I’ve listened to the Shop Talk Show for a number of years. On a recent episode about performance improvements with Ben Schwarz, my ears pricked up when Ben mentioned shaving three to five seconds off website load time by preloading fonts. The steps are very simple.
By taking these steps on our local development version of Butterworth Horticulture, we managed to decrease the page load time by five seconds on 3G (slow) and 0.77s on cable.
What’s better is the second load time also decreased quite dramatically.
This means even after all the stylesheets, scripts and other rendering blocking resources are cached from the first page load, preloading fonts still decreases load time on further page loads. On our site it decreased from 1.01s to 0.53s. That’s half a second faster, for every subsequent page load.
If you’re thinking half a second doesn’t seem like like much, I encourage you to check out WPO stats, which is a great resource showing how much revenue can increase from even the smallest of reduction to load time.
We now plan to rollout these improvements to all our client websites.
When a browser visits a website, it loads the HTML first and streams through it; selecting assets, based on priority. When analysing a site using Chrome’s Developer Tools Network performance tab, I noticed a stylesheet was being queued up that I didn’t recognise:
This is a WordPress stylesheet, used by the Gutenberg block editor. We’ve tried out Gutenberg, we like it and we have plans to use it in future, but we don’t use it on any existing projects. We use the Classic Editor plugin to restore the WYSIWIG editor.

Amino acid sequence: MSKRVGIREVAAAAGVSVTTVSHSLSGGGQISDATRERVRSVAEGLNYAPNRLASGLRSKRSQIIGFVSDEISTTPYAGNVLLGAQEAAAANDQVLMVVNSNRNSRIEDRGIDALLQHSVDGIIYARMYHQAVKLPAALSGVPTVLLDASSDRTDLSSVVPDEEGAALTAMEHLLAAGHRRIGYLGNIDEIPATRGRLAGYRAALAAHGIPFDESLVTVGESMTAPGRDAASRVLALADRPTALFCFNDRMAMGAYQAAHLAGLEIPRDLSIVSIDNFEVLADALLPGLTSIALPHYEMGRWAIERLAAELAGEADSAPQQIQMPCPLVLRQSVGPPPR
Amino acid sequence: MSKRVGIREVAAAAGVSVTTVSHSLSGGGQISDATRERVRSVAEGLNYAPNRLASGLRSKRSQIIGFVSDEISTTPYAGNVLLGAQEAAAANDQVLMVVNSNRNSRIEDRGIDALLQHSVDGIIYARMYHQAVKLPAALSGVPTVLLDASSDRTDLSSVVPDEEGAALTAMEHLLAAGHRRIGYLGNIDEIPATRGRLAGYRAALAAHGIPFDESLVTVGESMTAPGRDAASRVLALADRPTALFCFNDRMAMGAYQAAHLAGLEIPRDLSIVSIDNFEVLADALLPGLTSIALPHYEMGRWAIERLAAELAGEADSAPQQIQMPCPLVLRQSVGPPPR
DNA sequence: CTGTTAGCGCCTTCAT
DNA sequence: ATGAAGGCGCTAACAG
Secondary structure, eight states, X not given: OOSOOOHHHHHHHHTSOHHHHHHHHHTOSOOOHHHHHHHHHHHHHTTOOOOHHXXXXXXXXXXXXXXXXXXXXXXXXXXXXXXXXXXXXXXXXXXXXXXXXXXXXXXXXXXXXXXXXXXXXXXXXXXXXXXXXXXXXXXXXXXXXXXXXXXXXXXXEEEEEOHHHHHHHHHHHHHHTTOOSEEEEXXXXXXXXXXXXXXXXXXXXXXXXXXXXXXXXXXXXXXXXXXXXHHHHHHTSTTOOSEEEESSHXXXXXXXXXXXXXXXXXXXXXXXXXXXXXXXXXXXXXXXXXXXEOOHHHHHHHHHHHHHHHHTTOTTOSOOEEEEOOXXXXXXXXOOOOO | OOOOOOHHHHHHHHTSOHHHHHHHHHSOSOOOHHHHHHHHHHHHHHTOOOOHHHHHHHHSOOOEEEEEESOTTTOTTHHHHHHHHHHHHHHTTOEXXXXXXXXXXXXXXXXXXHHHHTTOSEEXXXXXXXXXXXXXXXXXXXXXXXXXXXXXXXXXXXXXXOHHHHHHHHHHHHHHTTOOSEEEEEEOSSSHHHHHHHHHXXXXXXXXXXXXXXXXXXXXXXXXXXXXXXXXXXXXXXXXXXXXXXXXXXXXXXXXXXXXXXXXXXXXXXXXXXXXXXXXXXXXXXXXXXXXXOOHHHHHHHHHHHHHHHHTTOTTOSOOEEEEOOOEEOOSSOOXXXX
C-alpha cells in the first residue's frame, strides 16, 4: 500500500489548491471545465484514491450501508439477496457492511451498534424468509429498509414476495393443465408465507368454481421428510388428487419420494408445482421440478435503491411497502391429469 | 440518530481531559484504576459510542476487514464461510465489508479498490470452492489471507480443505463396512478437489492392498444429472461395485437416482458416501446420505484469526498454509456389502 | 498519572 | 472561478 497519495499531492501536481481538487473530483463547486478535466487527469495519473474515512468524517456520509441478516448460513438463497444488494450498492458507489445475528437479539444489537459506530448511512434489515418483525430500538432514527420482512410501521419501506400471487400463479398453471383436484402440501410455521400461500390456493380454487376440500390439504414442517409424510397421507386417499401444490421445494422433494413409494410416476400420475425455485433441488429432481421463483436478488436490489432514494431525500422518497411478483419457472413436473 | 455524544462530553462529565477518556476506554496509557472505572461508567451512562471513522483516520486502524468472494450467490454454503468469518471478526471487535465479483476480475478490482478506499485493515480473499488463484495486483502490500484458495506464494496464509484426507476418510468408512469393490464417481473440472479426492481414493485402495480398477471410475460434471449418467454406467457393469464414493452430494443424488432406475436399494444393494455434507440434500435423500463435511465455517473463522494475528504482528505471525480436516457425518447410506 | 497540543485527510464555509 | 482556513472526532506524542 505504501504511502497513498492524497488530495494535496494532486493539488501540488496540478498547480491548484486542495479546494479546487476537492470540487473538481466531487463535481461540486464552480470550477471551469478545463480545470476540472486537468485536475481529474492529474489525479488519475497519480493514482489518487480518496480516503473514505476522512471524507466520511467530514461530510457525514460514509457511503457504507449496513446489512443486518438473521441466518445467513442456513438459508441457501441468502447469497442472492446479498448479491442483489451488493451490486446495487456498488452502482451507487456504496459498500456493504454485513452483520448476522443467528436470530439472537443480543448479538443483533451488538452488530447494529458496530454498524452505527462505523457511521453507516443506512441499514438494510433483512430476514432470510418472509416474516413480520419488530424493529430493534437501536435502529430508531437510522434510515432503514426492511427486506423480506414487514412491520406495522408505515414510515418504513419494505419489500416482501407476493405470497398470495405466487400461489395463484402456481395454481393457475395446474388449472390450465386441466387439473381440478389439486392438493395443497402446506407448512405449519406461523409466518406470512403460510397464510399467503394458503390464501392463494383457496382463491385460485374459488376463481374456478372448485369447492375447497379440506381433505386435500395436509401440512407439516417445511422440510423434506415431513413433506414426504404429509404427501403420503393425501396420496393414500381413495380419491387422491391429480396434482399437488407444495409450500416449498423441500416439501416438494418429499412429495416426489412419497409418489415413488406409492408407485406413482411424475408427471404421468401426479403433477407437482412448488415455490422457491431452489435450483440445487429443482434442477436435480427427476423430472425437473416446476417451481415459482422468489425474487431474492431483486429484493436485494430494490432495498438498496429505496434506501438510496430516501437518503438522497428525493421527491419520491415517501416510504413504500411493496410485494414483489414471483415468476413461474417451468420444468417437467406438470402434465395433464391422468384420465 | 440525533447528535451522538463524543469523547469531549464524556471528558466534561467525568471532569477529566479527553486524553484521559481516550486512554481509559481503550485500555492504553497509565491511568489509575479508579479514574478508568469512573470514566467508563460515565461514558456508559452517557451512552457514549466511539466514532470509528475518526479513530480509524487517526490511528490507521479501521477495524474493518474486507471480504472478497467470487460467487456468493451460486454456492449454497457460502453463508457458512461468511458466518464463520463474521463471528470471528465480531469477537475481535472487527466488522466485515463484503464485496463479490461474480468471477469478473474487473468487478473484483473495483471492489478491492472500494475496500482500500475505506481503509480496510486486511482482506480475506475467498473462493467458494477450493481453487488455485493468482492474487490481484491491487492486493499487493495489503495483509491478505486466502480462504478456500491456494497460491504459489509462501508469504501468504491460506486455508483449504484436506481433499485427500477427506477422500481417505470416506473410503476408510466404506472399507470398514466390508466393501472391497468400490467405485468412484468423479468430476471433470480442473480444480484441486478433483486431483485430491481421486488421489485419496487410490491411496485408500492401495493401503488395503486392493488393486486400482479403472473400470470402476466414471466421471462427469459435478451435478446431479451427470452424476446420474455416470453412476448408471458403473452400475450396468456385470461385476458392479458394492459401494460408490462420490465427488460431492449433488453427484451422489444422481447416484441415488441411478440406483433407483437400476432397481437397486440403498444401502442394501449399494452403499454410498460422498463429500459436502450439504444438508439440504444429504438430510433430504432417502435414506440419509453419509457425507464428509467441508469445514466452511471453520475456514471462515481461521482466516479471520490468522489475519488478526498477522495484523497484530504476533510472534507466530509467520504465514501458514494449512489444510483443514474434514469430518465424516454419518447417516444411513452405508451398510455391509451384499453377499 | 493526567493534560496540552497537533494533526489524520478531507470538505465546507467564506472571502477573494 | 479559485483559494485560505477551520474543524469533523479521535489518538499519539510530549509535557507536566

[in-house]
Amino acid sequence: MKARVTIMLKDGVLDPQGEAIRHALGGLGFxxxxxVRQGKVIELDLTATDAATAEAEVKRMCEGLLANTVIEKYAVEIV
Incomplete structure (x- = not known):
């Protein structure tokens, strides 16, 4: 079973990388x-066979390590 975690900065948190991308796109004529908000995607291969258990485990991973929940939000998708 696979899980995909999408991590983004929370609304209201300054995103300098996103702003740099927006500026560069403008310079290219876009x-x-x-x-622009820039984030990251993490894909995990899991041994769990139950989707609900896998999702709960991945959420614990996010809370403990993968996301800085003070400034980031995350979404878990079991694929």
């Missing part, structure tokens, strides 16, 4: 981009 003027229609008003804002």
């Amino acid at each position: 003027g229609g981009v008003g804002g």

However, even with this plugin active and the settings set to ‘Default editor for all users: Classic Editor’ and ‘Allow users to switch editors: No’, this stylesheet was still being enqueued. It’s a small stylesheet – only 4.5kb – but even though it says .min.css in the name, it isn’t minified and as a high priority resource it’s holding up the rest of the page from loading even though none of the styles from it will ever be used on our website. When a page is minified, it means stripping out all of the extra line breaks and white space characters, which make code human readable to work with. They all take extra bytes to send down the wire and process, so stripping out the files means it loads faster when processed by a computer.
@vguerrerobosch posted a comment on Gutenberg’s GitHub repository explaining how to dequeue this stylesheet. However this isn’t exactly foolproof. What if a user decides to include Gutenberg on some pages in future? Friend of Preface Studios and developer, Todor Gaidarov, wrote a few more steps in the code to check this for us.
We have submitted a suggestion to the Classic Editor plugin to implement this step. Hopefully, if this happens, all users who visit WordPress 5.x websites running Classic Editor won’t have to download and parsing a necessary stylesheet before they can view the content of the website.